Aperture magazine at the Democratic National Convention Night 2
August 26, 2008. Hillary Clinton speech. 2008 Democratic National Convention. Pepsi Center, Denver, Colorado. Photo by Jon Winet
David Levi Strauss, Aperture magazine contributing editor, noted writer, and current Chair of MFA Art Criticism and Writing Department, School of Visual Arts, shares his unique perspective via daily dispatches from the 2008 Democratic National Convention.
The principle drama of the conventions is the relation between the press (now, the MSM) and the politicians. This entire spectacle is built for and caters to the media and the media cannot get enough of it. This year Wolf Blitzer and CNN have set themselves up in the middle of everything, right down on the floor rather than suspended above it. CNN pundits James Carville, et al. wear black Madonna headpiece mics so that they can hear themselves and each other above the din. They look like astronauts in New Guinea.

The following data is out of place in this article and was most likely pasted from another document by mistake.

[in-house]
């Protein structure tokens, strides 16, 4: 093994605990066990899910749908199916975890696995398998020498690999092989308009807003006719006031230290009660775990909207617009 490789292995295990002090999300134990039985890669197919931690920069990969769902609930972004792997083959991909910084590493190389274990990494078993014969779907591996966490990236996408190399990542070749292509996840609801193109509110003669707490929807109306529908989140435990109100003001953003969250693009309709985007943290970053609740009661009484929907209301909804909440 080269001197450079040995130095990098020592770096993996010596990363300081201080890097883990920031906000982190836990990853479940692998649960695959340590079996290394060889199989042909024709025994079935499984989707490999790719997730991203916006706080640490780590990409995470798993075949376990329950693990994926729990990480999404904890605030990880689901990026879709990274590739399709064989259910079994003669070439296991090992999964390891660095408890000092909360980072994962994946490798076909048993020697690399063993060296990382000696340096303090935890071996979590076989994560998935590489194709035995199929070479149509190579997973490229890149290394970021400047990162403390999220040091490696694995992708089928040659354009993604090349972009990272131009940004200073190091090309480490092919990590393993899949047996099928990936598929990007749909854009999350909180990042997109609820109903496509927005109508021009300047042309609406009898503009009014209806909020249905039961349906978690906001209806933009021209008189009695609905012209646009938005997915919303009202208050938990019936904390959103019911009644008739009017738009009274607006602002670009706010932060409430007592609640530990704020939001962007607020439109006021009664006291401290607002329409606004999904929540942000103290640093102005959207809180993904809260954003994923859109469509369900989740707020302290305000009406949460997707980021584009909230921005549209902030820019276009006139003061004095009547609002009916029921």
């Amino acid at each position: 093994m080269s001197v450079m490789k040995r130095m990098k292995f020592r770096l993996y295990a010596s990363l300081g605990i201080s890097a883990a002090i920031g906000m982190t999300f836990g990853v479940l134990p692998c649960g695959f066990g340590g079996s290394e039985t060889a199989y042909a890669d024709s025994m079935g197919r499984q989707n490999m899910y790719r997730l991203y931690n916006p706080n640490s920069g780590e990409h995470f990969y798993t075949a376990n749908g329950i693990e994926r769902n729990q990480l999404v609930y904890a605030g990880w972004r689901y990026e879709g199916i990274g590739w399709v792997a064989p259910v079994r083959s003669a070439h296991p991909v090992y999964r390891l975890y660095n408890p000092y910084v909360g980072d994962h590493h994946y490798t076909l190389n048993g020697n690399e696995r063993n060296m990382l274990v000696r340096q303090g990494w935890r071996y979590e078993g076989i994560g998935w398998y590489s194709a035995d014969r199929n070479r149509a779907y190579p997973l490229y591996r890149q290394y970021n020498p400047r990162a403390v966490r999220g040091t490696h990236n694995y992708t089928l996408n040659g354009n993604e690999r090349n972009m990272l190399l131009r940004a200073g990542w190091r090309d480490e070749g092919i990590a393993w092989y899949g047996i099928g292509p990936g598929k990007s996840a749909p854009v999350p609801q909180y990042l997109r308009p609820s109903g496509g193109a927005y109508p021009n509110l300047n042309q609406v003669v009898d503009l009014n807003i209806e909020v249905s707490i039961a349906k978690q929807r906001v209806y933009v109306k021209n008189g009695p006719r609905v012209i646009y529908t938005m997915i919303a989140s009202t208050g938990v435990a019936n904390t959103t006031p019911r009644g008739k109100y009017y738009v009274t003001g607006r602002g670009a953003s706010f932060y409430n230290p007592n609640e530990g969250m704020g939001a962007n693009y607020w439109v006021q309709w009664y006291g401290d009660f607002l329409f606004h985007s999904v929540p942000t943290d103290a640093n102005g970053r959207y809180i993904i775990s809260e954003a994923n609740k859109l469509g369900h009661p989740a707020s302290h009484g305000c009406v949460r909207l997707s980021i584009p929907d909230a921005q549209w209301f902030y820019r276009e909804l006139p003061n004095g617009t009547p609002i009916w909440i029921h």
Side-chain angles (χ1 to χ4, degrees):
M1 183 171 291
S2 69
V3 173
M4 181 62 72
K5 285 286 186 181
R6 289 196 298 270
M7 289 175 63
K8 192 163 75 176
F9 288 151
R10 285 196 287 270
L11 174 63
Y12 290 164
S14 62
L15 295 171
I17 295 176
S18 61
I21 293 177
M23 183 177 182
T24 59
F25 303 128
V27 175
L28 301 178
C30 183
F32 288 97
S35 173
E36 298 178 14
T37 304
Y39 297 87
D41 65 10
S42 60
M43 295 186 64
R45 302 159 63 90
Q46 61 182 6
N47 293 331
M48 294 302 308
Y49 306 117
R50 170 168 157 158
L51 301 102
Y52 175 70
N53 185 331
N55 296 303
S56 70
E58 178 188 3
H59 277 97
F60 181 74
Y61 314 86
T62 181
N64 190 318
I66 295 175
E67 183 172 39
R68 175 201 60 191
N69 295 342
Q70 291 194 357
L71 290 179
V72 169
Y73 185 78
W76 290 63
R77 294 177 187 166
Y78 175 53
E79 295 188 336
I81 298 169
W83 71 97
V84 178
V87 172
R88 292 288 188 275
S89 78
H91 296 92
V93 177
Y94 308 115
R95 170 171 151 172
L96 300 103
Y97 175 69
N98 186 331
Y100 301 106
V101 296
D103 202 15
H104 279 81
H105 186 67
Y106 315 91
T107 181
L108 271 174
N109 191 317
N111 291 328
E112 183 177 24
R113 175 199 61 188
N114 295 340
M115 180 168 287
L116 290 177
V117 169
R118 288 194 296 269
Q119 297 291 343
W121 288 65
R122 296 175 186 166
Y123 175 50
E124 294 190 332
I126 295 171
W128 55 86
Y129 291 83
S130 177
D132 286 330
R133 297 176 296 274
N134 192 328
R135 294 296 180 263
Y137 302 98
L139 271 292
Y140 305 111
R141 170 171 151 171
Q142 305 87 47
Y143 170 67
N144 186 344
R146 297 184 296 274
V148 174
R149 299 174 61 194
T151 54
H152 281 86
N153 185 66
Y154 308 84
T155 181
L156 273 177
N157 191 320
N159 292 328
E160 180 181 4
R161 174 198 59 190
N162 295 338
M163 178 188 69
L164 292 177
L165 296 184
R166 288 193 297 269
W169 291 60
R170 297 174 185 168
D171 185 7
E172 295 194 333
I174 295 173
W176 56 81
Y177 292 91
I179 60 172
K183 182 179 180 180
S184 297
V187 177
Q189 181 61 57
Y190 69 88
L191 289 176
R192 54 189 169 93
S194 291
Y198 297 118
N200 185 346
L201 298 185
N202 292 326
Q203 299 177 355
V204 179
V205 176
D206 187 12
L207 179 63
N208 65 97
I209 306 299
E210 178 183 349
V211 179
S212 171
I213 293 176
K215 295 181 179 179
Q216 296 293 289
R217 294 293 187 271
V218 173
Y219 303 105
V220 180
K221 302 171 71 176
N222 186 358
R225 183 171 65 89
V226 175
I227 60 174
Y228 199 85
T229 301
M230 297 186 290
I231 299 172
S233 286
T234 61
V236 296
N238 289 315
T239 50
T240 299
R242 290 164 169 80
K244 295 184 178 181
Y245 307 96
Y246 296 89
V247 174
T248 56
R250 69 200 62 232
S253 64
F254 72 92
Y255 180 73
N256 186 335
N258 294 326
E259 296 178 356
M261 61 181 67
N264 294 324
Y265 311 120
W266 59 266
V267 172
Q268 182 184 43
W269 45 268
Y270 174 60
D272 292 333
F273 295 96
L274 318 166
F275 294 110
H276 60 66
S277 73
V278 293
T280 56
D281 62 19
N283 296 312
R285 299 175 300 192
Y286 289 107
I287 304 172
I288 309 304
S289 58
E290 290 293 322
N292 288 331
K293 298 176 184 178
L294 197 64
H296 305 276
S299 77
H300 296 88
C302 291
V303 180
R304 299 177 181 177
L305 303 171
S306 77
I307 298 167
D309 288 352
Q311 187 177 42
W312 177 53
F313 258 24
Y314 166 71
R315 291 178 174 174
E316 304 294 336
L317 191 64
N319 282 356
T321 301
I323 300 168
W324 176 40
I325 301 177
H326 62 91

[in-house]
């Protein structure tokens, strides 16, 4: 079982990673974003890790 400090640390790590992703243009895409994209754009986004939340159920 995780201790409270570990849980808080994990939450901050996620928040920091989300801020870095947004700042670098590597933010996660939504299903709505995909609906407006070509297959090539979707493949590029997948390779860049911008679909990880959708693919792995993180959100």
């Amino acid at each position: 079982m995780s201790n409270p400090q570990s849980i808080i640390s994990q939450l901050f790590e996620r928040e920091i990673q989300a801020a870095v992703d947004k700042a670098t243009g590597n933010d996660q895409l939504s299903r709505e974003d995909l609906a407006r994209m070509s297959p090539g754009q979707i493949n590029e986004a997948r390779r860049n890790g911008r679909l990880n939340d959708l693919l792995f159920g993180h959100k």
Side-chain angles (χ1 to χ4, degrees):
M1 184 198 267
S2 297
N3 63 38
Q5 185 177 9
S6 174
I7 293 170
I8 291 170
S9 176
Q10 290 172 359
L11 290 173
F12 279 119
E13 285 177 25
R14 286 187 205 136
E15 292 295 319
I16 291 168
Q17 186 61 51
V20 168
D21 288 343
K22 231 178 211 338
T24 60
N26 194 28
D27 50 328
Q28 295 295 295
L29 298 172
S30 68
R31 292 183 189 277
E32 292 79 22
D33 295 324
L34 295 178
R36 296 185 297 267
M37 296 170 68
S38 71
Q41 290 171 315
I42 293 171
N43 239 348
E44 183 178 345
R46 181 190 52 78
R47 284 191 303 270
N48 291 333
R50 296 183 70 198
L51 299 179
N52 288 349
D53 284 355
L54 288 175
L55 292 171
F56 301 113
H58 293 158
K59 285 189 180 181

After eight years of Bush/Cheney-style bunker mentality and press blackout, the conventions are orgies of access, and the MSM is bleary-eyed and gooey with the surfeit.
Last night, the stage belonged to the Clintons, and they showed (if anyone remained unconvinced) how masterful they are at this kind of stagecraft. Chelsea introduced her mother with a film that almost managed to make Hillary look hip, and Hillary gave the best televised speech of her life, artfully intercut with close-ups of weeping women delegates and extreme close-ups and reaction shots of Bill Clinton (often even in splitscreen) laughing, loving, earnestly rapt, and tearful. The words said “Vote for Obama,” but the images said “Look you now upon the President and First Gentleman who could and should have been, and weep.”
Filed on Wednesday, August 27, 2008, after the second night of the convention.